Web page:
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Recovered from the depths of the online art platform known as Google Art Project, João Enxuto and Erica Love’s Anonymous Paintings betray the ambiguities inherent in the experience of visual art in the age of digital culture. Deliberately selecting the censored cast-offs that are blurred due to copyright restrictions, their project is supposed to emphasize the condition of the art object today as one of contingency, while revealing Google Art Project’s elevation of mass culture as an expansion of corporate culture’s influence over the comparatively “dusty” environs of the world’s great museums.

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Filling the exhibition space with a quasi-museum “salon” installation of more than twenty examples of blurred Google masterworks, which, when viewed with Anaglyphic red and cyan glasses appear in 3D, the Anonymous Paintings render subject and author mute, and that seems to be the point of the show.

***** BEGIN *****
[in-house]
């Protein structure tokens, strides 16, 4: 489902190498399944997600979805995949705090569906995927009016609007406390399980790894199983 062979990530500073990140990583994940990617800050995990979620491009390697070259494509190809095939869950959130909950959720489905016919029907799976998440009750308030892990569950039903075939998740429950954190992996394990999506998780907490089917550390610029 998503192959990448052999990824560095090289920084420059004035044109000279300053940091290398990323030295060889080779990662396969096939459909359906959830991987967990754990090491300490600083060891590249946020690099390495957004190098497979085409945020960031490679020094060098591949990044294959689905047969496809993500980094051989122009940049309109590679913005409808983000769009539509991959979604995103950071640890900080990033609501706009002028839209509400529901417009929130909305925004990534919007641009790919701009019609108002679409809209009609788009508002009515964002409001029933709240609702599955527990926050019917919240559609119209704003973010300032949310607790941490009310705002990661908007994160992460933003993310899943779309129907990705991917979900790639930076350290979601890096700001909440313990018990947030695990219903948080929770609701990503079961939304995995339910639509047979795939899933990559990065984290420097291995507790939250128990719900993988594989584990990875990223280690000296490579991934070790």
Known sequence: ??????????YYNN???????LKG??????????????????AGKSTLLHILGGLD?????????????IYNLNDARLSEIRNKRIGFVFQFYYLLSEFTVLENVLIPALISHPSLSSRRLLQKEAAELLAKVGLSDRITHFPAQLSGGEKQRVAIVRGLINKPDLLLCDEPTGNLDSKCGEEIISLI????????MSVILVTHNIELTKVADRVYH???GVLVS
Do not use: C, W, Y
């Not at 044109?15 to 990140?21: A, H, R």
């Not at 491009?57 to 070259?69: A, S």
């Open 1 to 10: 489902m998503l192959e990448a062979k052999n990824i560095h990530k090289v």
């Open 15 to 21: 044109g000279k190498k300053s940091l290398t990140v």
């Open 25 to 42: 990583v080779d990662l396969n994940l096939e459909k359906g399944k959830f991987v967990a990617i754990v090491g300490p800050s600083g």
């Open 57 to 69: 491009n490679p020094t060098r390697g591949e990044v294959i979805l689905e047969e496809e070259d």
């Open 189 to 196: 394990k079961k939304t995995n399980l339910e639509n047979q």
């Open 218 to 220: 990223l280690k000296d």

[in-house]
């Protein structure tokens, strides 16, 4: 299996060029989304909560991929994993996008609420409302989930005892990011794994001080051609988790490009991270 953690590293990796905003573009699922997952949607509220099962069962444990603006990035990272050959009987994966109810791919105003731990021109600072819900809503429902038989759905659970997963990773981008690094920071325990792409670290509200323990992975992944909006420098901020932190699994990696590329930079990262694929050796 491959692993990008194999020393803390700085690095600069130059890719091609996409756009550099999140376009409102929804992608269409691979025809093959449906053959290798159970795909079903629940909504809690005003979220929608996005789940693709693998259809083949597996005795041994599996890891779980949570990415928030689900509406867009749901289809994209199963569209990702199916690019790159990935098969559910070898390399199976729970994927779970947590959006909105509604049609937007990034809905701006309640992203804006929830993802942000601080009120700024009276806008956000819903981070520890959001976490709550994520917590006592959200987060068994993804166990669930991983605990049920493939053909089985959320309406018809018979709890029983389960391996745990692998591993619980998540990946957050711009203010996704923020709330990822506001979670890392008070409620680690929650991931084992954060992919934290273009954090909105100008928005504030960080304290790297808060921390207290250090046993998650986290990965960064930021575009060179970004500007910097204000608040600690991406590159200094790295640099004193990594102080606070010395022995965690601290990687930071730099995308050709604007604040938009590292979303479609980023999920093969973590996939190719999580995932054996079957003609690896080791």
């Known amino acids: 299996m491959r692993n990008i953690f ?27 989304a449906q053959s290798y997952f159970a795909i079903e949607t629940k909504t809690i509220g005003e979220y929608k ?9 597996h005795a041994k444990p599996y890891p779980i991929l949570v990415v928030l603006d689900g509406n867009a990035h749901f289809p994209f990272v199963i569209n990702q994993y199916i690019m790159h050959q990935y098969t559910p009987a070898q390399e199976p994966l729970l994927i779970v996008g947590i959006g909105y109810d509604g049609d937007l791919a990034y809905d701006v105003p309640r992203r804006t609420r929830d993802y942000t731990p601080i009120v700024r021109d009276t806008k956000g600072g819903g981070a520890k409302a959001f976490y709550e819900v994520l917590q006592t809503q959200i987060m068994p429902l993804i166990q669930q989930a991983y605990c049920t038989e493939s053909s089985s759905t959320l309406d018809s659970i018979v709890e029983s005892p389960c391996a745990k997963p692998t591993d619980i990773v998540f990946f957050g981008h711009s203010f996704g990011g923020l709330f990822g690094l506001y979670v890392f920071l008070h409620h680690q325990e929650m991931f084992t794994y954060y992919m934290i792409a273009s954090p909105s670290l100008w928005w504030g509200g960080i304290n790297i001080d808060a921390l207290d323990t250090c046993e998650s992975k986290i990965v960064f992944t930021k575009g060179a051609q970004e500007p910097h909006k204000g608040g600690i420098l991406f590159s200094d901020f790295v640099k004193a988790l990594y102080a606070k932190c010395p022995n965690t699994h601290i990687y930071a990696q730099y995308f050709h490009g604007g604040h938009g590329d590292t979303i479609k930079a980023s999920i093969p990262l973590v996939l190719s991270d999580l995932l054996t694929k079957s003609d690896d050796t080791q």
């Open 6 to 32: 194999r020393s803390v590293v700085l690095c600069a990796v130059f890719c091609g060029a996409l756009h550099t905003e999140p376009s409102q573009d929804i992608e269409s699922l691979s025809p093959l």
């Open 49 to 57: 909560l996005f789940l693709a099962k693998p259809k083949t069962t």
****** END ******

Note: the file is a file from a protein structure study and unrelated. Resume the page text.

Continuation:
Derived from the remnants of pixelated art works that have returned to the world of objects, the Anonymous Paintings seem to exist between an artwork as memory, and an assertion of the indispensable nature of a tangible space, where meaning is derived from a conscious encounter between subject and object. All this means that this show might work, at some level, as an installation but too much information is needed to understand it. It just demands too much imagination and information from the visitor and falls into a sort of elitism that this blog usually finds annoying. Just a thought.

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Enxuto & Love
Anonymous Paintings
until November 24
at Carriage Trade NYC